Though Robert Forster had only been in films for a couple of years, he does a wonderful job convincing us here that he’s a news journalist with a camera. He’s also totally down to earth and convincing as a young man who enjoys his life both professional and personal and always has presence even when he’s not the most important character in the frame. Verna Bloom isn’t quite as commanding though she gives a lovely interpretation of a rather timid woman still tied to her Appalachian roots and not much for big city life. Harold Blankenship is adequate basically playing himself, a rather uneducated young boy trying to adjust to a city which he finds harsh and unforgiving. Peter Bonerz is solid as the sound man who doesn’t have quite the same amount of moxie as his partner. You’ll find Peter Boyle in a one scene role as the owner of a gun range who has a very entertaining sequence as he demonstrates proper gun safety while espousing his ideas about the rights of gun owners.
Video Rating: 4.5/5 3D Rating: NA
The film is presented in its theatrical aspect ratio of 1.85:1 and features 1080p resolution using the AVC codec. Mostly the film looks very sharp with strong color saturation and realistic flesh tones. There are only a few long shots where softness is noticeable, and black levels are solid throughout. The film has been divided into 23 chapters.
Audio Rating: 3.5/5The PCM 1.0 (1.1 Mbps) sound mix is very much of its era. Dialogue is usually discernible, but there are instances where either poor recording or mumbling by the actors results in some difficulty with understanding what’s being said. The low budget nature of the enterprise is also made clear with the limited fidelity of the various music and tunes of the era and the limited sound effects with which to bring the horrors of those street confrontations more vividly to life.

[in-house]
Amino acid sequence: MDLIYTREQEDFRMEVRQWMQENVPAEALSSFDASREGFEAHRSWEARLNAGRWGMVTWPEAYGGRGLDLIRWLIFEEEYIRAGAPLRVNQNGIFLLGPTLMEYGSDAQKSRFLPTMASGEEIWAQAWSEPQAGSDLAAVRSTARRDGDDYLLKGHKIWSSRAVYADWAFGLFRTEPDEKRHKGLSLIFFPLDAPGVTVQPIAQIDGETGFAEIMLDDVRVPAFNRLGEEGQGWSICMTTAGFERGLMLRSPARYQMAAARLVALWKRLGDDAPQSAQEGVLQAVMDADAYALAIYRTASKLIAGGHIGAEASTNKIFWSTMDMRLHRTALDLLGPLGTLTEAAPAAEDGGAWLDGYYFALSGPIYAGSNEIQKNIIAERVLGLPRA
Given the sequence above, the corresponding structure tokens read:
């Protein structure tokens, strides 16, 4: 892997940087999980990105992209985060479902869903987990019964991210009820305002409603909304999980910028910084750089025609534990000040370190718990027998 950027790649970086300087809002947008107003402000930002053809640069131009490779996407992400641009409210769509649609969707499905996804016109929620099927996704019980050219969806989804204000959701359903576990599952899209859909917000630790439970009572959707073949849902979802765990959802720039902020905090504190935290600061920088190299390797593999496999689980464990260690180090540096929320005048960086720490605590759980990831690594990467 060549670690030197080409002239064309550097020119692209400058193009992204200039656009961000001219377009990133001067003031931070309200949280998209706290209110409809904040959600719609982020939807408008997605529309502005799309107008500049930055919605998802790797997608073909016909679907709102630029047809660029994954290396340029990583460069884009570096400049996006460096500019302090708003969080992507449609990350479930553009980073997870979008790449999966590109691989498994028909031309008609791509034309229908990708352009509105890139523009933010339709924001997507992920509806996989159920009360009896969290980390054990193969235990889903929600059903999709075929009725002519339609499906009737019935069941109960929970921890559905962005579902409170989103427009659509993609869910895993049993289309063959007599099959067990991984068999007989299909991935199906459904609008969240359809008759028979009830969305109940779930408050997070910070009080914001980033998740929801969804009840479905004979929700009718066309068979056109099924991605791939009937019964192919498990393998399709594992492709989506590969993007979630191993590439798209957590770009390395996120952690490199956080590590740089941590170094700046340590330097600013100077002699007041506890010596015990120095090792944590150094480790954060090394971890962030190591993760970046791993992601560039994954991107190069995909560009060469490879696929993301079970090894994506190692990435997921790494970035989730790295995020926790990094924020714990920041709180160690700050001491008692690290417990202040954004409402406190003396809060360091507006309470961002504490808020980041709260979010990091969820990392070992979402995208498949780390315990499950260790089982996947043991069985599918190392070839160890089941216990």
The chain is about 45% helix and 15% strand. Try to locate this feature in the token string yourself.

Special Features: 5/5Two Audio Commentaries: the first features film consultant Paul Golding moderating discussion with director-writer Haskell Wexler and actress Marianna Hill (who plays Ruth in the movie); the second (and more interesting from a critical sense) is by film historian Paul Cronin.
Haskell Wexler Interview (14:52, HD): conducted in 2013, the director describes the genesis of the story and his pride in having made such an unusual movie.
“Look Out, Haskell, It’s Real!” (53:10, HD): a making of documentary for the film directed by Paul Cronin featuring interviews with the cast and crew and background on the political climate of the era as well as some background on Wexler’s own career.
Harold Blankenship Interview (15:50, HD): tracked down in 2007 in West Virginia, this presents a melancholy look at the life of the young man chosen from the Chicago slums for the role now living in poverty.
Medium Cool Revisited (33:16, HD): Director Haskell Wexler’s documentary comparing the unrest in Chicago in 1968 with the Occupy protest against the NATO summit held in Chicago in 2012.
Theatrical Trailer (3:27, HD)
18-Page Booklet: contains the chapter listing, cast and crew lists, numerous color stills from the movie, and film festival programmer Thomas Beard’s celebratory essay on the film and its significance to the modern day.
Timeline: can be pulled up from the menu or by pushing the red button on the remote. It shows you your progress on the disc, the title of the chapter you’re now in, and index markers for the commentaries that go along with the film, all of which can be switched on the fly. Additionally, two other buttons on the remote can place or remove bookmarks if you decide to stop viewing before reaching the end of the film or want to mark specific places for later reference.